We are taught by older girls. They have completed high school, but they are not "teachers," so everything is noisy and very un-school-like at first. We are given correspondence sheets which we must follow. I don't like this at all. We have books, too, but nothing else. I miss the familiar desks and my school friends.
First days of school
I stare at the boy sitting beside me.
Feeling my eyes, he turns, smiles gently.
I feel warmth towards him. I wonder what his name is.
Too shy to ask, I return my gaze to our teacher.
End of October. I feel the cold
of the winter wind. It seeps through the paper-thin
walls of the houses. The class is held in a
house the same as ours, only there is one big
room, not three. Each class or grade has one house.
I hear the wind outside. Our black, pot-fat
stove is in the far corner of the room. I cannot
feel the heat. I bend forward and put my hands in
my overcoat. I wish I were home. I sigh.
"Will you stand up." Startled, I look up.
Miss Mizuno, our teacher, is staring at me.
I obey. "Now," Miss Mizuno continues, "can you
tell us your name, where you lived before coming
to New Denver?" I stare out the window. I feel like
saying "Marco Polo's daughter and I just came
from China, with camels, bells and all,"
for I had just been reading about it.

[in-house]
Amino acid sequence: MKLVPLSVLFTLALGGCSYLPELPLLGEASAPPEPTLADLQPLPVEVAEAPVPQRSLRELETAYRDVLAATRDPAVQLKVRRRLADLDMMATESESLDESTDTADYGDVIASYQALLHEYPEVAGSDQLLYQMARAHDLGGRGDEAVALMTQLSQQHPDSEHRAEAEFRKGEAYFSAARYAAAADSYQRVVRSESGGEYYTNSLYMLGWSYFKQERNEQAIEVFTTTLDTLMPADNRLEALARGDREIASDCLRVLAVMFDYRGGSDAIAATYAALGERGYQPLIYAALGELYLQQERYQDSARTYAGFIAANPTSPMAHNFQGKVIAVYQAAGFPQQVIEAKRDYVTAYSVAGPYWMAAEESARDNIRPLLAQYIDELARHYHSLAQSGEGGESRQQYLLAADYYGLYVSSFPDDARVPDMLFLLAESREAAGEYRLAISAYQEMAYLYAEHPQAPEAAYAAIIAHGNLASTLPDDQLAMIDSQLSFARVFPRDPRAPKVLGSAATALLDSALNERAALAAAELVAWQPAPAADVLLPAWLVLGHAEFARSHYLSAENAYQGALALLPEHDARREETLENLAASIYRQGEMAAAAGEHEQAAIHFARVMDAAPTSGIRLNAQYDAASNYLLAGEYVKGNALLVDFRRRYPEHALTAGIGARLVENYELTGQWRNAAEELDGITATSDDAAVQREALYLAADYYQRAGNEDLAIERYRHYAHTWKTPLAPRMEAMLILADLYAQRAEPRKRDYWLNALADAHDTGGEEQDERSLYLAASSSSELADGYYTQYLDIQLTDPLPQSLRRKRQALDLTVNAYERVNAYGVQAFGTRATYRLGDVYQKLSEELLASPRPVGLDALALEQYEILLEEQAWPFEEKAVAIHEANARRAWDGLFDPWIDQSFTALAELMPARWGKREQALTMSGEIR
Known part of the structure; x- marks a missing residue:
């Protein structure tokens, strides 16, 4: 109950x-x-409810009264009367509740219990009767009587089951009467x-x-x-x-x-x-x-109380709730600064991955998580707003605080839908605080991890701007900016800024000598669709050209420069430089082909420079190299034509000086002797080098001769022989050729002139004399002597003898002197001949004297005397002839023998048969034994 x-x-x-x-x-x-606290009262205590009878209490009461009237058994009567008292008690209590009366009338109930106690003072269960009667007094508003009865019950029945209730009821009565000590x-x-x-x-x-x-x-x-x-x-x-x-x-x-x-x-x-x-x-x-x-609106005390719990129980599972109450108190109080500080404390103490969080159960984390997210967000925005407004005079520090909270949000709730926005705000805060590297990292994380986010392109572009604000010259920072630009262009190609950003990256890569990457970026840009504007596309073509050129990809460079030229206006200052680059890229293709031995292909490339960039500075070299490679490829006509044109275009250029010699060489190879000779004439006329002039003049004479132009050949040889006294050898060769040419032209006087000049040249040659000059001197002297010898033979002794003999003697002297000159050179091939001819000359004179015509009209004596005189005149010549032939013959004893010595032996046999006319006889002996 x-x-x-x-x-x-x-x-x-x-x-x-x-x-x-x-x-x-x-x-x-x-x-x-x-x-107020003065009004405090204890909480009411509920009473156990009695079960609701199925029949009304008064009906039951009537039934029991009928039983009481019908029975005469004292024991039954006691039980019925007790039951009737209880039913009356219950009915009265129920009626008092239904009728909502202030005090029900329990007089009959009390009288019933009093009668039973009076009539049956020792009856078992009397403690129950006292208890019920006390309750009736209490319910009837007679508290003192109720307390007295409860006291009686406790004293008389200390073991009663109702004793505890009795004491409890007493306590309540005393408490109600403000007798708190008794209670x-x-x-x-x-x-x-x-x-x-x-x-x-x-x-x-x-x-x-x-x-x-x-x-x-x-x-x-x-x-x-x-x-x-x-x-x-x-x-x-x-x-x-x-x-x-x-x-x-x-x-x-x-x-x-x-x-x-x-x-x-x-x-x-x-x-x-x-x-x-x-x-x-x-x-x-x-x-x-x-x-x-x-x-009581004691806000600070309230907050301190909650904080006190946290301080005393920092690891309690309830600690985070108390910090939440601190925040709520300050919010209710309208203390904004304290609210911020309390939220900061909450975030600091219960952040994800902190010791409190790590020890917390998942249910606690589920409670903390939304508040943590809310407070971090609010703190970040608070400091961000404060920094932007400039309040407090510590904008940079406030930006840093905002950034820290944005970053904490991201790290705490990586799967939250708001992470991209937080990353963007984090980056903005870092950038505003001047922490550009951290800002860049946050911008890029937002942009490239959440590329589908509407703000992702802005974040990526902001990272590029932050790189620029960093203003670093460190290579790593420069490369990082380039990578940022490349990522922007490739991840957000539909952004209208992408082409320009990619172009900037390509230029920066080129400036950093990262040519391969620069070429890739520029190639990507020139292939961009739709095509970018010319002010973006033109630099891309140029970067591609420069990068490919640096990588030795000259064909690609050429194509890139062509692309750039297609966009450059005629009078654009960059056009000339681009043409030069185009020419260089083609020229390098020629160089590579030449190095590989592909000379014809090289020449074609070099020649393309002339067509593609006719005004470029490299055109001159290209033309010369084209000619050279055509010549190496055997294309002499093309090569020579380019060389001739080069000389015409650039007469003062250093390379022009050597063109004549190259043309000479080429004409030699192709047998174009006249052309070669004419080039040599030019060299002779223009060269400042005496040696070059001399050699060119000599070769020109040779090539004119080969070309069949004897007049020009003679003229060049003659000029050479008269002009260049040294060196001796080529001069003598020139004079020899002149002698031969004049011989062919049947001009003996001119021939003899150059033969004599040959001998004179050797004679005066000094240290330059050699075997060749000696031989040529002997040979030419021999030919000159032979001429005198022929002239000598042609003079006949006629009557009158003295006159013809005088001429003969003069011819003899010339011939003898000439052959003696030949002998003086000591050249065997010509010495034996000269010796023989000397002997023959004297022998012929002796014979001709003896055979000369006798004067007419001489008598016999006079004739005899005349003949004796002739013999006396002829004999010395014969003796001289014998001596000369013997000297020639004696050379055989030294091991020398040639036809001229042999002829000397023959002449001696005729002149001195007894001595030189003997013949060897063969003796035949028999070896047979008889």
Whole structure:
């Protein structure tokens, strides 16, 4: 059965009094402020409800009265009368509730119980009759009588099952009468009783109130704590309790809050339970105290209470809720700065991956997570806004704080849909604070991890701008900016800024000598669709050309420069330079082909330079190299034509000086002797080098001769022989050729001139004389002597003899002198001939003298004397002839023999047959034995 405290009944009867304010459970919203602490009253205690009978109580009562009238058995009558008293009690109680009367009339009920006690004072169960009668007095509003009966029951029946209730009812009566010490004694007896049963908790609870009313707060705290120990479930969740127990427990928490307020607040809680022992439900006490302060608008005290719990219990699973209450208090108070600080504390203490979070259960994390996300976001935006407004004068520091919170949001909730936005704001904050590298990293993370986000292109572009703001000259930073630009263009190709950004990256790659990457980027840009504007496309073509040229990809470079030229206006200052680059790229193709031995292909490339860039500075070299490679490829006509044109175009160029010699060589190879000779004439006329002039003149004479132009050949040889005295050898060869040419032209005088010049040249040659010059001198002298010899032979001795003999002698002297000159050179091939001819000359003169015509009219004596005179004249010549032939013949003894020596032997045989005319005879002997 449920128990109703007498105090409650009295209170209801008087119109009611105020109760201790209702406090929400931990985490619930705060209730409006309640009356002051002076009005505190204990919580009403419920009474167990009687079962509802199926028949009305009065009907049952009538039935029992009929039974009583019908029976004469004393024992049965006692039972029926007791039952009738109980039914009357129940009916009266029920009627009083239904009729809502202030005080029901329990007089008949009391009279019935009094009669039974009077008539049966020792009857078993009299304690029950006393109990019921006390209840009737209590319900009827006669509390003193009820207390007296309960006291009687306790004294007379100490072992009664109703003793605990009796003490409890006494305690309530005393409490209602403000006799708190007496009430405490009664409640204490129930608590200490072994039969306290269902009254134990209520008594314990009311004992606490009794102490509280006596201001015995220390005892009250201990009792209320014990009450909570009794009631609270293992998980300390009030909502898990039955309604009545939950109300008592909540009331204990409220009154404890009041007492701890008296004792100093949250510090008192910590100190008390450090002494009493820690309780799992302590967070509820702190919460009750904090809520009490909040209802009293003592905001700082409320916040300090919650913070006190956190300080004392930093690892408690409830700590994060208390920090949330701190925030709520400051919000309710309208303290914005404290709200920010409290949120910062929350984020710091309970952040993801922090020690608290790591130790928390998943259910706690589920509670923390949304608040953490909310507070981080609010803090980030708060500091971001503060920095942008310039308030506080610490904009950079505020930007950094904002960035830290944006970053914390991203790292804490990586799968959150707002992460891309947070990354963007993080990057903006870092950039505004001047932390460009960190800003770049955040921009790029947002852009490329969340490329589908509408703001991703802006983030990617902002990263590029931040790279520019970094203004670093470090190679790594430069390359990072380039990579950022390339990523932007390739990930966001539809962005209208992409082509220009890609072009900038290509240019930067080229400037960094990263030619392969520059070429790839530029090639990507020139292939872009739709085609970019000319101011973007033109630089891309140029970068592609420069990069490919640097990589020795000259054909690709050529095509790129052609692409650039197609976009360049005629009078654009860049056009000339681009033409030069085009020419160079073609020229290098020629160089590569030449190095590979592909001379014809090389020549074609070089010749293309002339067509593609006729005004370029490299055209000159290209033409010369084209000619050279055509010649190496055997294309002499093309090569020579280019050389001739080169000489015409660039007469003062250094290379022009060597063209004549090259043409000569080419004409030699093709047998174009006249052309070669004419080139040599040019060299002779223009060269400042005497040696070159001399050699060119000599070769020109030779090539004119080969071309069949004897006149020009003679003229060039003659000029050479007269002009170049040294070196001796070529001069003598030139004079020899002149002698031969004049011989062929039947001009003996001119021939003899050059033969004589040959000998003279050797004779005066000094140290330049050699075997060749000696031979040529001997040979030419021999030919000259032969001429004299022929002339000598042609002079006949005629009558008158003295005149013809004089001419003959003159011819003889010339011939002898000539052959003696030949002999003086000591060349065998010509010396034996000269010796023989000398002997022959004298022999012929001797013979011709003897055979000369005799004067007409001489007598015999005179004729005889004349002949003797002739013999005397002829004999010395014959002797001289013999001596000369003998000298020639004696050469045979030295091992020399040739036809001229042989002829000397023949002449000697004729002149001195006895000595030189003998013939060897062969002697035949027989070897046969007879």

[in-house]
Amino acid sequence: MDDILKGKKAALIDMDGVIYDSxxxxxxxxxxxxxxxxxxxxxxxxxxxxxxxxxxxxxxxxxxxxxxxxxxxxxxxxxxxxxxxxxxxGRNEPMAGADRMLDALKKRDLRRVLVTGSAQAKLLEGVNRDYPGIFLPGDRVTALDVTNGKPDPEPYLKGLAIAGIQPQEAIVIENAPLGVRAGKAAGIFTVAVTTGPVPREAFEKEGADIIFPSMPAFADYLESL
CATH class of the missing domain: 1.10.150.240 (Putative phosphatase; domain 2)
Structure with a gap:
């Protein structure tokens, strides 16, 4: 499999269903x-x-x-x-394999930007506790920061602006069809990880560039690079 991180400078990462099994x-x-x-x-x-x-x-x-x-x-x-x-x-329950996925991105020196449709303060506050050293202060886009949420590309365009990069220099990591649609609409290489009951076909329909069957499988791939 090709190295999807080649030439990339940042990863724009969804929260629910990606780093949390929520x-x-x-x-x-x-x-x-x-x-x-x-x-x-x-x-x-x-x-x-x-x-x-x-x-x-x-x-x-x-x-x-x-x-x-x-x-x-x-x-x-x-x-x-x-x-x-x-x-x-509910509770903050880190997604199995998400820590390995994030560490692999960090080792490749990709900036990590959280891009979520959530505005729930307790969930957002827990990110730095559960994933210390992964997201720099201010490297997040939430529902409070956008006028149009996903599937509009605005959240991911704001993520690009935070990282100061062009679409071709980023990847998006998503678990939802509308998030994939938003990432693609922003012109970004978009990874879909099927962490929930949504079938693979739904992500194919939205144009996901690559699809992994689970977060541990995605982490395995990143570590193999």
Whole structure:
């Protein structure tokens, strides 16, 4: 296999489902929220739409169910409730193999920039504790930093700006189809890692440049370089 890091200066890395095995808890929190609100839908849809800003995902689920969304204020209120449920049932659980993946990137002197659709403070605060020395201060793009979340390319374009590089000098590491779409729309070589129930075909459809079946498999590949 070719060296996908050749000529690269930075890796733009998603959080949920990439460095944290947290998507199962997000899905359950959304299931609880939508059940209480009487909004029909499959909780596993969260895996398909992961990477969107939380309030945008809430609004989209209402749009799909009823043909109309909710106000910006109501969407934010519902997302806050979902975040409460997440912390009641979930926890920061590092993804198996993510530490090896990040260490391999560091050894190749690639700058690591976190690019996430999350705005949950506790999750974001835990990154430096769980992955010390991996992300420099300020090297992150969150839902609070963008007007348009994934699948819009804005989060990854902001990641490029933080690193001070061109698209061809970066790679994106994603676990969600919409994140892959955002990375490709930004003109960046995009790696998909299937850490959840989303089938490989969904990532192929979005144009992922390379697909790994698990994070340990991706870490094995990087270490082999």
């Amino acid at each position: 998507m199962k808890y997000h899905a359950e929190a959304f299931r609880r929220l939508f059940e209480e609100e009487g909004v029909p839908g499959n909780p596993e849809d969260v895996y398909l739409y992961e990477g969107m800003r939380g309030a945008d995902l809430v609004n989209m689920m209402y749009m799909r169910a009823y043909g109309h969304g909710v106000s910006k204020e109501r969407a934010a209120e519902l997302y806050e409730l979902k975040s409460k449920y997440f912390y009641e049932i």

I can almost see the brown, funny-looking
camels with the fur-capped Tartars. I start to
smile, forgetting all about Miss Mizuno, her
question, the class room. I look down at the wooden
desk, turn to the boy next to me. Miss Mizuno's
voice reaches me from far away. The other students
snicker. The boy next to me whispers, "your name?"
"Oh, yes, I forgot!" meaning the question, not my
name. Everybody starts to laugh, the boy next to me the loudest. Miss Mizuno is angry.
"Go outside until you can behave and
remember your name." Miss Mizuno turns
all red, opens the door. I hurry out,
for I have started to laugh, too, and once I start,
I know I will not stop. The door slams after me.
I can still hear laughter. "Class behave!"
The teacher commands. I sit on the steps outside the school
Trying not to laugh. Then I hear the door open
Once more. I turn. It is the boy who shares my desk.
The door slams behind him, too. Silence.
He sits beside me on the narrow steps, he smiles,
Squints his dark eyes. "Teachers are funny people.
What were you daydreaming about?"
I tell him, "Marco Polo. Can you imagine
If I came down the streets with all
My camels and servants, with jewels and bells.
It's so lovely. I wish I could travel. It's so dull.
These dumb schools. I know how to read now
and write. I don't see why I have to learn
all the other things." The boy stands up
and walks away. I follow. "Do you think
you'll travel when you're older?" he asks.
"Yes, I promise myself every night before
I go to sleep that I will go far, far away, and
See all the lovely countries. Don't you want to
travel?" The boy stares into my eyes; his reflect
the dull fall sun, seem so full of dreams.
"Yes, but, you know, my mother is not well."
I stand up, look away, feel sad. I look at the gray,
pale sky. The smoke from the school house chimneys curls up, up, into the wide, empty sky.
I feel the cold wind against my face.
The boy stands too and stares at the sky.
Shizuye "Shichen" Takashima, from "A Child in Prison Camp," Tundra Books, Montreal, Quebec, 1971. pp. 26-28
(note: Shizuye Takashima was 11 years old at the beginning of her book and 14 years old at the end. In a postscript, she states that she was actually two years older than she pictured herself. She was very small due to a premature birth. She survives and went on to become a known artist.)